“Make it as easy as possible for them to take that action and make the decision to take that action without ‘burying the lede,’ without burying the true value of what you’re offering,” Elizabeth says.
In journalism, a lede is the opening sentence of an article, and a hard news lede, used in the inverted pyramid structure, contains the who, what, where, why and how of a story. The opening of any email you write should contain the same elements as a hard news lede, because if a reader doesn’t understand why they’re receiving an email or what it’s about, they’re not likely to continue reading.
How the Inverted Pyramid Can Be Applied to Your Content Strategy
When developing your content strategy for your marketing funnel, your prospects will need foundational knowledge about what a solution is before they can understand how that solution can address their challenges or how your specific product can help them.
This content strategy for ToFu, BoFu and MoFu content follows the inverted pyramid structure:
- The most newsworthy information is delivered first through educational ToFu content
- Important details that further develop the information presented in ToFu content are presented in MoFu content
- Information that is less important to the understanding of the initial topic but still of interest to the reader is offered through BoFu content.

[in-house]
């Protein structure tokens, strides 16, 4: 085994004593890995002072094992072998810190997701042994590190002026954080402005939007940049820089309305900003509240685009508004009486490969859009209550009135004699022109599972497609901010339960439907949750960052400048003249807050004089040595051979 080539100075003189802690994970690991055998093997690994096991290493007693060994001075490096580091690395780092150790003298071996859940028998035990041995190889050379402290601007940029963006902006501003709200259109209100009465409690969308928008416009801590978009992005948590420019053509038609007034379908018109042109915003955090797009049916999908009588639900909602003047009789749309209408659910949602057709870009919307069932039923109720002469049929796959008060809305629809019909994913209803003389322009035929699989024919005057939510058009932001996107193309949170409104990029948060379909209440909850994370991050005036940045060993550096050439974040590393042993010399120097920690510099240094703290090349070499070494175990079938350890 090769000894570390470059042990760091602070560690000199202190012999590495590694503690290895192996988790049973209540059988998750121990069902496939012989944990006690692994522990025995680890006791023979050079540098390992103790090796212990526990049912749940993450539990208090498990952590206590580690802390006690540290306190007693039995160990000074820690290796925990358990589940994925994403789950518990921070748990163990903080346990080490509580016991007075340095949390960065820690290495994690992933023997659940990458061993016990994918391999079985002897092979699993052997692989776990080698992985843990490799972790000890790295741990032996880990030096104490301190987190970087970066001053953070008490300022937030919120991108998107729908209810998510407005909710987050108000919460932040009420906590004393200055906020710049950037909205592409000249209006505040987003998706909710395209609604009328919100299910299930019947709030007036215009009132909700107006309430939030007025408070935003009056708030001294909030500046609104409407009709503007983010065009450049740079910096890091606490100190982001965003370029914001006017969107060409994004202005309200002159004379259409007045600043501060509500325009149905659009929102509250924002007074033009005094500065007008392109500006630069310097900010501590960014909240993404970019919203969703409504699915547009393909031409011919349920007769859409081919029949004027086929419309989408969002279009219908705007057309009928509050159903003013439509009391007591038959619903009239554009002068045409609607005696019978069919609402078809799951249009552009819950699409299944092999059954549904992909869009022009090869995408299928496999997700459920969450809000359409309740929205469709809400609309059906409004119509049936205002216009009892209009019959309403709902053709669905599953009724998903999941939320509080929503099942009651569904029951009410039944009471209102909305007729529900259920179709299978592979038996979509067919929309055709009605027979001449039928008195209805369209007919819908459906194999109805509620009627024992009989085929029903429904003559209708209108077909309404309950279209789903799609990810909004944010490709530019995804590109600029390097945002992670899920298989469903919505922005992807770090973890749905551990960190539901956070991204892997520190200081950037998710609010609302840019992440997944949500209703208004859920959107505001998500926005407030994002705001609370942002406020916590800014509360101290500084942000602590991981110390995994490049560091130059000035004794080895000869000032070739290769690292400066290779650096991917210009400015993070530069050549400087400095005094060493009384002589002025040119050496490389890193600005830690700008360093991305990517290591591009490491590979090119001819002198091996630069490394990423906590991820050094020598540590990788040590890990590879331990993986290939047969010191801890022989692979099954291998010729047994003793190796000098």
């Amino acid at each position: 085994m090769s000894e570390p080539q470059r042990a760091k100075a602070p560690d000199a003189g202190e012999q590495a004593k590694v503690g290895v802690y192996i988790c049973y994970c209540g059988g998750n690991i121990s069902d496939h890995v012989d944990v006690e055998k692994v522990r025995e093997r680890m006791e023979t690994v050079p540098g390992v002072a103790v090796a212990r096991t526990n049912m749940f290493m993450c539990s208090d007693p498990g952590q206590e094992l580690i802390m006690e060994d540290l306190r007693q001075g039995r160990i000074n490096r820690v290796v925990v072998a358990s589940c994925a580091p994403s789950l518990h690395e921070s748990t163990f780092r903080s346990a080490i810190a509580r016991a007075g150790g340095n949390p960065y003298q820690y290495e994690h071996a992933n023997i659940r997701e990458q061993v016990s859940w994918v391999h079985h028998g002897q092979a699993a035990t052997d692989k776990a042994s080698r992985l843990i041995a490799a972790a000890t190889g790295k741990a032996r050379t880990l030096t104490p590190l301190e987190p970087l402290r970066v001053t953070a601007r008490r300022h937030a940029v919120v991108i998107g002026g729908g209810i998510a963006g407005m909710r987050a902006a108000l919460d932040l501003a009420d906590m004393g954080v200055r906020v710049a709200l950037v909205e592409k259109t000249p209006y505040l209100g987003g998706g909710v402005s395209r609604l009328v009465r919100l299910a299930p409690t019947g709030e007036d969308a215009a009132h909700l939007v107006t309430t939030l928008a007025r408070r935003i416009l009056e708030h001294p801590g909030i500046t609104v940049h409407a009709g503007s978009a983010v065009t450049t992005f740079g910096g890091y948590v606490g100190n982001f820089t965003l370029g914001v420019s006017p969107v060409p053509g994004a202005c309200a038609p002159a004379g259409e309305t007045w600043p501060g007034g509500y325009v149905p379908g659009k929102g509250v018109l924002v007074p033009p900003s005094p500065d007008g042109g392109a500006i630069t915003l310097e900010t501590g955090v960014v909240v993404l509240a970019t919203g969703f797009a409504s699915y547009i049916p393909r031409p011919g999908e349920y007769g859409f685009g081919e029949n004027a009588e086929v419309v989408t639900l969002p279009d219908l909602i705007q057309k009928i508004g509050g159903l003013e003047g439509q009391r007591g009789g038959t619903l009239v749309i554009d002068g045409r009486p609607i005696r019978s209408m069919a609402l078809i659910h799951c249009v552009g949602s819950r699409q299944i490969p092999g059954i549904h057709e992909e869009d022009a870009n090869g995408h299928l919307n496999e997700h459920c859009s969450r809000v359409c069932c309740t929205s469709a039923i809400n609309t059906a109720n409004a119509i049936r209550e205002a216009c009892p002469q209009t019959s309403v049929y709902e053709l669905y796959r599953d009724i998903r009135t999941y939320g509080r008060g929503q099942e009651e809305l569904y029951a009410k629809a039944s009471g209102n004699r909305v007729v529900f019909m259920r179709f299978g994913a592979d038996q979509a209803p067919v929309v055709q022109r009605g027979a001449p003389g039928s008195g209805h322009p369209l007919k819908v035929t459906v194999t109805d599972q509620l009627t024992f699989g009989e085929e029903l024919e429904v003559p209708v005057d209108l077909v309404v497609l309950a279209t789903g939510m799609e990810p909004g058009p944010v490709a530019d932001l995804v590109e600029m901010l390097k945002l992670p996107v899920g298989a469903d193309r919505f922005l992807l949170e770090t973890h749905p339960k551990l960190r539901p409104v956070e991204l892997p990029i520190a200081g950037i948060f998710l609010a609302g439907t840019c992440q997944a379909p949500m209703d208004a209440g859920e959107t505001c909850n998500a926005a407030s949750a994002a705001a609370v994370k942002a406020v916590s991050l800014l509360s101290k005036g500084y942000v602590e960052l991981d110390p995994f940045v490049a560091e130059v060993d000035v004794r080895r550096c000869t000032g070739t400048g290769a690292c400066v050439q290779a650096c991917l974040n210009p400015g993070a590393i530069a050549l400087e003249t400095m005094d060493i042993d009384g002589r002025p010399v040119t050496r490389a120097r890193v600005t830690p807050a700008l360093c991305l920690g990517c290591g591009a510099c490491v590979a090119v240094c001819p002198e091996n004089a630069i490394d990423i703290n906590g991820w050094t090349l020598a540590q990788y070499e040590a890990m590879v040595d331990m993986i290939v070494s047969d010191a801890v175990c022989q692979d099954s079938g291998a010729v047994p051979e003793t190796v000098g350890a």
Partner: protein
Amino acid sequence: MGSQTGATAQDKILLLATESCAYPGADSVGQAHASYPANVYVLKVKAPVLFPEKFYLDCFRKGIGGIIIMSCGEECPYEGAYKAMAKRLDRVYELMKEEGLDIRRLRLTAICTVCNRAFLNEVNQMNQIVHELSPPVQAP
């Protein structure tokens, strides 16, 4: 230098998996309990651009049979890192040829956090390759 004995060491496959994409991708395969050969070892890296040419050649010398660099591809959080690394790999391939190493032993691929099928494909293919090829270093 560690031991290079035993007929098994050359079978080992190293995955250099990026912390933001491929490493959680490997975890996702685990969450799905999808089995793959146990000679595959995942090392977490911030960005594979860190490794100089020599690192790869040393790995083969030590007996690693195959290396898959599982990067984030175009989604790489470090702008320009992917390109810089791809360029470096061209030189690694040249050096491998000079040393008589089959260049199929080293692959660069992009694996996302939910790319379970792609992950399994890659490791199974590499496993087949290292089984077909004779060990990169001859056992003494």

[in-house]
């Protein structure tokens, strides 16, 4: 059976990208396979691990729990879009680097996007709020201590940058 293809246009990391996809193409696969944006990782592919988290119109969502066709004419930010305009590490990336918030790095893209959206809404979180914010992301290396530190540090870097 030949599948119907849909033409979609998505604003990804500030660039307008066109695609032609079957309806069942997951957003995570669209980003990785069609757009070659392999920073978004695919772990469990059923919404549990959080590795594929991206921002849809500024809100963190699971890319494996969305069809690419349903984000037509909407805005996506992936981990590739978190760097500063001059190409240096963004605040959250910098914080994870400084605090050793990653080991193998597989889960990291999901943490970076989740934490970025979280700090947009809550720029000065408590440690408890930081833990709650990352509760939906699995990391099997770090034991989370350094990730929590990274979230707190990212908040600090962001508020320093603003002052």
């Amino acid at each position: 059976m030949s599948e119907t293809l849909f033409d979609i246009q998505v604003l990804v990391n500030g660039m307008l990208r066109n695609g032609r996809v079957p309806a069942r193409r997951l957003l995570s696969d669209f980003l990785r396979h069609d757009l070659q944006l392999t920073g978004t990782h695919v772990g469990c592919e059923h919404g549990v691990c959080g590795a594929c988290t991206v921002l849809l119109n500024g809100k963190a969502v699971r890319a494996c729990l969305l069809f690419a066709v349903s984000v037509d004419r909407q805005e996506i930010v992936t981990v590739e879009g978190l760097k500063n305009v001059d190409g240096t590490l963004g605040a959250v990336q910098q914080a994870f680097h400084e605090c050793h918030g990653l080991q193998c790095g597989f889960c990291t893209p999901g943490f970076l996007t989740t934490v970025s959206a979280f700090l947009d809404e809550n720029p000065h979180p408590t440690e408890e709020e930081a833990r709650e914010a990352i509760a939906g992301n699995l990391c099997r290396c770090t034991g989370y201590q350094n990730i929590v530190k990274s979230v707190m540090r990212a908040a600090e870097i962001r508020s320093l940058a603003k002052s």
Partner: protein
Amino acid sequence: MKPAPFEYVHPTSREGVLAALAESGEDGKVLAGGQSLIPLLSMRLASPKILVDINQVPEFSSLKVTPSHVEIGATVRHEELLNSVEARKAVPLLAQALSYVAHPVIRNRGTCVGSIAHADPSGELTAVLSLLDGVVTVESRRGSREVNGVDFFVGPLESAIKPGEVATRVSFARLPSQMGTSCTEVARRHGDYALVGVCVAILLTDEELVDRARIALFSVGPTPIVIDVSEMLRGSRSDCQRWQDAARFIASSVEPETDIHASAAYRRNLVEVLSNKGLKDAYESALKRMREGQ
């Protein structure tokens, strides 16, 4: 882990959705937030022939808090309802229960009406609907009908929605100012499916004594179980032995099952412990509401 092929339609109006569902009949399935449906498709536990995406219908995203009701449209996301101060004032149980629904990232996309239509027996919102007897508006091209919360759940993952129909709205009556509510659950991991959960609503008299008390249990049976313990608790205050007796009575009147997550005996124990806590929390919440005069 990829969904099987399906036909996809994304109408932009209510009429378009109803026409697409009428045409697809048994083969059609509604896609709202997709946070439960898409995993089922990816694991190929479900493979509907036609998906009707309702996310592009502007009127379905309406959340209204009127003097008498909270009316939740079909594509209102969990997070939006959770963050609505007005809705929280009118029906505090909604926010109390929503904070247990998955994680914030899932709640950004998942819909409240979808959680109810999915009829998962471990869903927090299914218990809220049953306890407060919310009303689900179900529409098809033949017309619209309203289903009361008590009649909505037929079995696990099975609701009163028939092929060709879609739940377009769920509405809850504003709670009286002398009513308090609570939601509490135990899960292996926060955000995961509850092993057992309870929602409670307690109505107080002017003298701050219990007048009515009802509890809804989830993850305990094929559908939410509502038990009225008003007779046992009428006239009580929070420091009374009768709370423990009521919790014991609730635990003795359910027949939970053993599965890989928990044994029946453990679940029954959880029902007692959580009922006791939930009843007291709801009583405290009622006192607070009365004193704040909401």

The information most essential to the audience is presented first. Each piece of content builds upon the information from the previous level and gets more specific.
“If you’re selling, for example, a marketing automation platform, before you can sell that to anyone, people need to know what that is,” Elizabeth says. “So, if you were developing an editorial calendar you might start out covering topics that define what it is, what it means and why it’s valuable, and then move into the details of marketing automation, like the strategies and tools, and later get more specific about how exactly you can help with marketing automation.”
“In terms of content strategy as a whole, I think of it as a lot of mini-pyramids,” Elizabeth adds. “Your content strategy should cover at a high level what you need to convey, and then get into the details, and then get into your solution specifically. In each piece of content within that, you want to provide value right away and do it in a way that pulls the reader through the rest of the post.”
“For marketers, the idea behind the inverted pyramid is to convey the value right away, not necessarily convey the answers right away,” Elizabeth says.
Your opening paragraph needs to balance engaging the reader and conveying your brand voice while also making it clear what readers will gain from the post.
However, the inverted pyramid structure doesn’t work for every piece of content. There are also other styles of writing you can use, so let the content dictate the form. Determine what style works best for the information you’re trying to communicate while keeping the desires of the end reader in mind.
Topics: Content Development